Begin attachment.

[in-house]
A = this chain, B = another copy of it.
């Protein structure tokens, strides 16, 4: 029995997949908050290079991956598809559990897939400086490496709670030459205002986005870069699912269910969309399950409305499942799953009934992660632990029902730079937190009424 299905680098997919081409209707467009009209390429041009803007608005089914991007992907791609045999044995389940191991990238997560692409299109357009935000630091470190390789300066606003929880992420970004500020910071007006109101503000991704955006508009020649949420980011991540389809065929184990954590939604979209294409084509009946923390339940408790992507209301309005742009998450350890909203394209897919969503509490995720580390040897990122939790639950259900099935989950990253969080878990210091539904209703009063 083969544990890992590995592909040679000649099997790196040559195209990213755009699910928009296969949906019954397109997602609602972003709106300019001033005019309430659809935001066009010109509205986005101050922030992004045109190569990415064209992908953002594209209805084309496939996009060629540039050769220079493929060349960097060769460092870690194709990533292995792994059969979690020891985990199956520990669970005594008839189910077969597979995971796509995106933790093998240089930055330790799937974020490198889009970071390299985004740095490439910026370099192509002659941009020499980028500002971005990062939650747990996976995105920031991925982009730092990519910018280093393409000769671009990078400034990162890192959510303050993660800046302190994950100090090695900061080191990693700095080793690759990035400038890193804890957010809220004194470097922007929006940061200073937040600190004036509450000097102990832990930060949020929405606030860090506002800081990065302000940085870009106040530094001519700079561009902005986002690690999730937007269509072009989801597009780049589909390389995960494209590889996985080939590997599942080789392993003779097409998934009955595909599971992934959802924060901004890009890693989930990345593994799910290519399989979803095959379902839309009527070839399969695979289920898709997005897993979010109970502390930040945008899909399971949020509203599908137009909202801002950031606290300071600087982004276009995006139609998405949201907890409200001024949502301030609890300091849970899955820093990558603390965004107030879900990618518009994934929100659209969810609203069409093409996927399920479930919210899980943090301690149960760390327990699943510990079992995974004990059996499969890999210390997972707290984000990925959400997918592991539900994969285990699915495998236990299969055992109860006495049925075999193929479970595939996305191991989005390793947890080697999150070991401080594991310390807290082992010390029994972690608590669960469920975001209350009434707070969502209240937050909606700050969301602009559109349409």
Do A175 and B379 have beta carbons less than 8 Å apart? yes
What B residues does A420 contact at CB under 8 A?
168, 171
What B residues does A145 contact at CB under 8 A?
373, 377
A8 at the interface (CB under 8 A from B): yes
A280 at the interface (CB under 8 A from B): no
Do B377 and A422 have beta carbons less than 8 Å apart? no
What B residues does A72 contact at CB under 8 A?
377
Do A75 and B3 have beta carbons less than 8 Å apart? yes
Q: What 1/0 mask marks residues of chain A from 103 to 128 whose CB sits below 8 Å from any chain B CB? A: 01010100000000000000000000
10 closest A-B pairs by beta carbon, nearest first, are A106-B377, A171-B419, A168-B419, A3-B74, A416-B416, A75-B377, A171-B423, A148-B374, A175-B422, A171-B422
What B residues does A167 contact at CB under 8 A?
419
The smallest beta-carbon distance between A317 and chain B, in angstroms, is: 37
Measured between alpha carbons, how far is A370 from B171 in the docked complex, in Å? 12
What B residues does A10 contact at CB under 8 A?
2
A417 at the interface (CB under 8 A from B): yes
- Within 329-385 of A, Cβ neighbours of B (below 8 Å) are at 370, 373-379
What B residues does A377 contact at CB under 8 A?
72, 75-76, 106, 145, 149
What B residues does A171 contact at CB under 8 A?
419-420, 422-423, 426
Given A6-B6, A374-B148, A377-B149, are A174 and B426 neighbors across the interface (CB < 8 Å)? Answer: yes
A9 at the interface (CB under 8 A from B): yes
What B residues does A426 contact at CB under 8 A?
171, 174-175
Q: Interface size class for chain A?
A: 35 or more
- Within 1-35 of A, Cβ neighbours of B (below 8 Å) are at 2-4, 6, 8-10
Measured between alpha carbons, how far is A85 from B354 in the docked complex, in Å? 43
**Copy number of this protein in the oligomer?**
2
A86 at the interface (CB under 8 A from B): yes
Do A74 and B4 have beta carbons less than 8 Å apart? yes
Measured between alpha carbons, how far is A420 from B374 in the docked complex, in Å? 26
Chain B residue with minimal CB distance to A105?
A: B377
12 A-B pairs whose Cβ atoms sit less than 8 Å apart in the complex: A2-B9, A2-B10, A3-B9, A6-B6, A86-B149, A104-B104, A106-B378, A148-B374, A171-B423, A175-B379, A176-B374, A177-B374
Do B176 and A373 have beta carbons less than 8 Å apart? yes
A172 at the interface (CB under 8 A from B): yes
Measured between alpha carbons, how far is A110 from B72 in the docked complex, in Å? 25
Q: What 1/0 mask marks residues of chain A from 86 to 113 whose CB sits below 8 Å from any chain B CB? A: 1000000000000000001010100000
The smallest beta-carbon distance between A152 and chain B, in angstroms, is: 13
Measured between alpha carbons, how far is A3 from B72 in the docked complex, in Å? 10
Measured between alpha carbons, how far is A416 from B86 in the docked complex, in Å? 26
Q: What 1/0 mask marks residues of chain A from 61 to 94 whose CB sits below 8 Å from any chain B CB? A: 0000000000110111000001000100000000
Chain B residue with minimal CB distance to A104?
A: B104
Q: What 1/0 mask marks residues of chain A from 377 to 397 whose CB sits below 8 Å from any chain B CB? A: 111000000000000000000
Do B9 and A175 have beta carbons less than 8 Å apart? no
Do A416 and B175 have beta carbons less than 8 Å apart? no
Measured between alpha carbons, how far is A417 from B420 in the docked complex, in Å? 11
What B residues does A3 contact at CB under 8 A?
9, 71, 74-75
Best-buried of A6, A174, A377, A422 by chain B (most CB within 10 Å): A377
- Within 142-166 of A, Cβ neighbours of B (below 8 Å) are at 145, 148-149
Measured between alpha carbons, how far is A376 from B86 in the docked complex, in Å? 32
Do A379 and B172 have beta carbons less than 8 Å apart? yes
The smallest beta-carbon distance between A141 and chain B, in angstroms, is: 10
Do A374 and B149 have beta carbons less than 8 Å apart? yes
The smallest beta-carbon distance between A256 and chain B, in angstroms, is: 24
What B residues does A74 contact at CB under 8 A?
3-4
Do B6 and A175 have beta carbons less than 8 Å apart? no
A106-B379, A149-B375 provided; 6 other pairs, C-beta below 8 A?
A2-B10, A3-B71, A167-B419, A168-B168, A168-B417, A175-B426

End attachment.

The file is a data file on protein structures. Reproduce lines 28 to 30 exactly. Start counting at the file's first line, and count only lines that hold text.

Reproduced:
419-420, 422-423, 426
Given A6-B6, A374-B148, A377-B149, are A174 and B426 neighbors across the interface (CB < 8 Å)? Answer: yes
A9 at the interface (CB under 8 A from B): yes